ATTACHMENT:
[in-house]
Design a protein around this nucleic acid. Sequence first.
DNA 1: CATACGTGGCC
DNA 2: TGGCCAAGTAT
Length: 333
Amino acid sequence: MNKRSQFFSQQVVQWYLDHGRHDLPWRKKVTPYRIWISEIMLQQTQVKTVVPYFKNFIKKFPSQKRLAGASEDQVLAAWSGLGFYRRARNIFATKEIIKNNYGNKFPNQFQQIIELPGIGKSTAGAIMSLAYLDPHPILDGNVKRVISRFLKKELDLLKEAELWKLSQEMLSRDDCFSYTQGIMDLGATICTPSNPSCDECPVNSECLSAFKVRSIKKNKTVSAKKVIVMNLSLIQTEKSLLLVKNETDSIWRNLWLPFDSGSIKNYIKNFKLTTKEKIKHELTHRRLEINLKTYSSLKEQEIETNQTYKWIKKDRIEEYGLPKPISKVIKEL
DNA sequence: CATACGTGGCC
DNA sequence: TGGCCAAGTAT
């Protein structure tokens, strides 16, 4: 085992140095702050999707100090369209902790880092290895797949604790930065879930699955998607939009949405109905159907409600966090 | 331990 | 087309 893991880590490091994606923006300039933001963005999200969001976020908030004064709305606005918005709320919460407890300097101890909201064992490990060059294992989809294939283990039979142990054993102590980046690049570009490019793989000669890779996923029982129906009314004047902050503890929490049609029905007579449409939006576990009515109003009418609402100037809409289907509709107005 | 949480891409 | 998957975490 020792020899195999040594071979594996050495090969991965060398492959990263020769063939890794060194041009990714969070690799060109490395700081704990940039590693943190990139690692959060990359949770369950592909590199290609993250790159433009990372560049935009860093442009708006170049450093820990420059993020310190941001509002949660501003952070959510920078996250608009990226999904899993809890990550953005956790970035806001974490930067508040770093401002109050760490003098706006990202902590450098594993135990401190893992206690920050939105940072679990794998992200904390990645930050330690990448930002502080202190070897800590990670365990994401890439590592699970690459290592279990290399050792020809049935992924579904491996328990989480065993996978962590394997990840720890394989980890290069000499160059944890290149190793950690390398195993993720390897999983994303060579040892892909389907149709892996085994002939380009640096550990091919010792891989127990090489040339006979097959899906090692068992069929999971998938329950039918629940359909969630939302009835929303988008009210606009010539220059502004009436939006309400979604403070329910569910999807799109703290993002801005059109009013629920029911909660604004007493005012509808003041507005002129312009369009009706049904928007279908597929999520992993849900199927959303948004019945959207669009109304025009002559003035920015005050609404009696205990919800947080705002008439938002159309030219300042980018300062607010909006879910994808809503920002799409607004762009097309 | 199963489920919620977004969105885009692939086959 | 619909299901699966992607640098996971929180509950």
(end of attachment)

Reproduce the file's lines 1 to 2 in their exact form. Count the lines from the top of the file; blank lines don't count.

[in-house]
Design a protein around this nucleic acid. Sequence first.